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FIFA World Cup - Calabash: Soccer City


FIFA World Cup - Calabash: Soccer City


Soccer City, the venue that will take centre stage during the World Cup finals in South Africa.

Bob van Bebber is the architect who transformed the exisitng stadium into an arena that reflects a continent.

“We looked for an object that was truly African it’s the calabash, it’s the African pot, the melting pot as I like to call it, because I like the idea of the melting pot, it’s really about people coming together, which is quite relevant to the Johannesburg location because more people come from outside of Johannesburg than were actually born in Johannesburg so it’s a real melting pot, but in the tradition of African beer drinking the beer pot is passed around and everyone takes a sip, so it’s a fully inclusive idea and the idea here is you participate in this experience and the experience here is the football game.

“We had some issues of integrating the new stadium to the old stadium, but eventually that was fine. It could have been said that it would have been easier to start to knock the place flat and start again, but there is so much historical relevance to this stadium… Nelson Mandela’s speech when he came out of prison, Chris Hani was buried from here and Oliver Tambo was buried from here. So the venue has a lot of history to it and to just demolish it and start again was also not paying respects to its relevance.

“With these massive projects the budget is always under stress and we have had to cut, we have had to take things out that we originally thought we were going to get, but we have still managed to deliver a really good value for money stadium.”

“Bob you spoke about the African nature of the basic design of this magnificent stadium-have you got the local community-have you brought them on board to help in the construction of the stadium?”

“The main contractors actually started a school where they trained over 700 previously unemployed labourers they taught them the basic skills of construction, bricklaying, shuttering, concrete mixing and things like that and employed most of them on site so that’s one of the success stories.”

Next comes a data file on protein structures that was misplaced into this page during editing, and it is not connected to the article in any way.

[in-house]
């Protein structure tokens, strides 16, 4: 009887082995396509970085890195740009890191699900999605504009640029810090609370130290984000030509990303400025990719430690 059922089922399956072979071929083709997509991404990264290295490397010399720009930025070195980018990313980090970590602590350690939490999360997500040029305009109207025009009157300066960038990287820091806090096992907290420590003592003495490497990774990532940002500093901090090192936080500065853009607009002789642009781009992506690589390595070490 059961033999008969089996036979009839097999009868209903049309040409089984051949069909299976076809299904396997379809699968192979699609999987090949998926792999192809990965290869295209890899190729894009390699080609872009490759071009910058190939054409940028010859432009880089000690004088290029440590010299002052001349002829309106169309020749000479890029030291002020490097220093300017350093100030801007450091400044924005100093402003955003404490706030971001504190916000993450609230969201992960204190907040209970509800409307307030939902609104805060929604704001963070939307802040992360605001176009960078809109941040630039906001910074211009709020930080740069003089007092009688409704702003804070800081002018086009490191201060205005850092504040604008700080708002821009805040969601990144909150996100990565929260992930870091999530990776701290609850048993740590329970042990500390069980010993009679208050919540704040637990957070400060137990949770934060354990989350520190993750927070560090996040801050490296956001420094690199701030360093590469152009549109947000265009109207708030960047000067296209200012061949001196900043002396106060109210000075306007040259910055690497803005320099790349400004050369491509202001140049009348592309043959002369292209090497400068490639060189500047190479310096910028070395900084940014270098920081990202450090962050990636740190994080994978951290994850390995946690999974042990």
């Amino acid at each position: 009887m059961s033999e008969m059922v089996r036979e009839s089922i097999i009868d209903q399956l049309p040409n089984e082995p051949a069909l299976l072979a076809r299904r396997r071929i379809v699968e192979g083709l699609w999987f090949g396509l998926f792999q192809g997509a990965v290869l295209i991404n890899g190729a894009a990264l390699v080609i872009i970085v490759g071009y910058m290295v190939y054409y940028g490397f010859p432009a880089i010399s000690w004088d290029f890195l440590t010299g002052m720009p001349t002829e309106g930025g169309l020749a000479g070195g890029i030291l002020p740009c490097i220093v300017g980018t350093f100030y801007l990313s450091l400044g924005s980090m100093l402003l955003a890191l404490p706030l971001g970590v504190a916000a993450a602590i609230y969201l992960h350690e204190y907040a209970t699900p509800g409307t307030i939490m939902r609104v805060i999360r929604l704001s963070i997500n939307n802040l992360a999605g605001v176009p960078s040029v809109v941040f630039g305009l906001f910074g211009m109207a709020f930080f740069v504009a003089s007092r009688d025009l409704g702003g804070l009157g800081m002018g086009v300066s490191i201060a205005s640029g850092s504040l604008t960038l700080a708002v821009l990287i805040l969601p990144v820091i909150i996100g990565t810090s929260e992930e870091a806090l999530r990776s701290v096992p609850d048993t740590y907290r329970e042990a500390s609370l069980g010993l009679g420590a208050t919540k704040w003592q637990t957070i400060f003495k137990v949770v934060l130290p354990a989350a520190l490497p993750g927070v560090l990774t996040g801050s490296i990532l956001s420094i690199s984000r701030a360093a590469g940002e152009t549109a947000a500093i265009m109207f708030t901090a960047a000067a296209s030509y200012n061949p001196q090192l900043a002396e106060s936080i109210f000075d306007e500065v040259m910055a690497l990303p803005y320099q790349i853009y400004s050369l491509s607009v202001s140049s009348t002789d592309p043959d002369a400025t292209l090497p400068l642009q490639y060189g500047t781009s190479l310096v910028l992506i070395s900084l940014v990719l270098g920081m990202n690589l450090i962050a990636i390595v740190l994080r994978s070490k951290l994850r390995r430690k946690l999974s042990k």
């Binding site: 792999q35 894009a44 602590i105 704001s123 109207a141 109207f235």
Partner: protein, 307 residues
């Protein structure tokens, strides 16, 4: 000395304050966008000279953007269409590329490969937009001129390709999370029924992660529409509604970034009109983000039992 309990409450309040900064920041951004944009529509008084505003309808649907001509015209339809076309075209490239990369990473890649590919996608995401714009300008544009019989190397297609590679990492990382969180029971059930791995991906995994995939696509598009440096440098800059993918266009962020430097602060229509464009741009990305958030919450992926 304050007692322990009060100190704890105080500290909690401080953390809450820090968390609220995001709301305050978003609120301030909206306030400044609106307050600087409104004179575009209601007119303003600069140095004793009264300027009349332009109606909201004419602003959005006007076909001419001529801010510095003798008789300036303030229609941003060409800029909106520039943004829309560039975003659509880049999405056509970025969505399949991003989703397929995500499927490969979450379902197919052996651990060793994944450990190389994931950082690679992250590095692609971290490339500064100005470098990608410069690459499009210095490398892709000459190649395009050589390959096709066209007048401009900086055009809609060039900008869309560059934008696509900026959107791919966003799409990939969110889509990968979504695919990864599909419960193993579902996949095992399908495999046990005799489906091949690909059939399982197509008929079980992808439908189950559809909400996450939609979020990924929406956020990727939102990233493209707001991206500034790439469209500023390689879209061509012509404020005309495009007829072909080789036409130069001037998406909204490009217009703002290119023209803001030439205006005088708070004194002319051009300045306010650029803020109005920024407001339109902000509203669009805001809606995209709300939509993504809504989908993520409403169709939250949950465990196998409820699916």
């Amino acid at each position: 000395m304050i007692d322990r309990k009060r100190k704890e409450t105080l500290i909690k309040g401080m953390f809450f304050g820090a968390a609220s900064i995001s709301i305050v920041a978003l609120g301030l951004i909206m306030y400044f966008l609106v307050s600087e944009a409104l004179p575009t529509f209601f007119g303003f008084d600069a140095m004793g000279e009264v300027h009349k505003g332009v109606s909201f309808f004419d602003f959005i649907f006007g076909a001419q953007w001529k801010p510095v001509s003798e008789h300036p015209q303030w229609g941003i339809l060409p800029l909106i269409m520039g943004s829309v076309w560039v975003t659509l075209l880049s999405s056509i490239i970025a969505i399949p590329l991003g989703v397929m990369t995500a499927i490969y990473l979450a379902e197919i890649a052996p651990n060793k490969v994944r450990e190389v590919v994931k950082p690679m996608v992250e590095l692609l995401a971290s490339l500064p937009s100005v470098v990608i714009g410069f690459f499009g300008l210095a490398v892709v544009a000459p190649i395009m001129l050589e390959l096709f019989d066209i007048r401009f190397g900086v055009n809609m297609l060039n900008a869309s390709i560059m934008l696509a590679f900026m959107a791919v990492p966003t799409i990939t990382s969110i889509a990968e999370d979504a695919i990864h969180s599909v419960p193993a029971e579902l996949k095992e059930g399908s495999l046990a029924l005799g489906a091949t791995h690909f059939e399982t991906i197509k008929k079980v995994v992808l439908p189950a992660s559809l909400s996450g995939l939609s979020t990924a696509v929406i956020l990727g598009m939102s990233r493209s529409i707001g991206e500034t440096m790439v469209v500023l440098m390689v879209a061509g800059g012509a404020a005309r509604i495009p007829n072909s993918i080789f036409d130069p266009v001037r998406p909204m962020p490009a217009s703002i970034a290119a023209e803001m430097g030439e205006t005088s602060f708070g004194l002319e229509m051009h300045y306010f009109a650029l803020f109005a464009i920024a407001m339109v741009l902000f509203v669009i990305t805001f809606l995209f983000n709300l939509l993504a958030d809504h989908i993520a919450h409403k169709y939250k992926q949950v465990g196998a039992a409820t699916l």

“So what’s this particular area Bob?”

“This is the warm up area”

“Massage area on the left hand side-and of course a particular vanity on that side for hair dryers for the Italians.

“This is how the team comes out and they meet here with the other team that comes out from the other changing room.
“The players tunnel is called the mineshaft its a bit of a reference back to Johannesburg’s gold mining history.”

“So this is when the nerves really begin to jangle.”

“Yes, but I think it really happens when you get closer to the field and the revelation of this massive stadium in front of you, 90,000 vuvuzela’s (a type of horn) going absolutely berserk.”

“The fans do get upset with the referees with the decisions, but they don’t get upset with each other, you know the biggest derby, the Soweto derby, between the Orlando Pirates, Kaiser Chiefs, fans are sitting amongst each other and enjoying the spectacle of the game and not getting into each others faces. So that has not been, from a legacy point of view, a major issue for us. Obviously for a World Cup we have to realise that there has to be crowd separation.

“The message I have is come, come to South Africa buy your vuvuzela. It is going to be fantastic the locals here thoroughly enjoy their football and will welcome you with open arms and come and have an absolute African party.”

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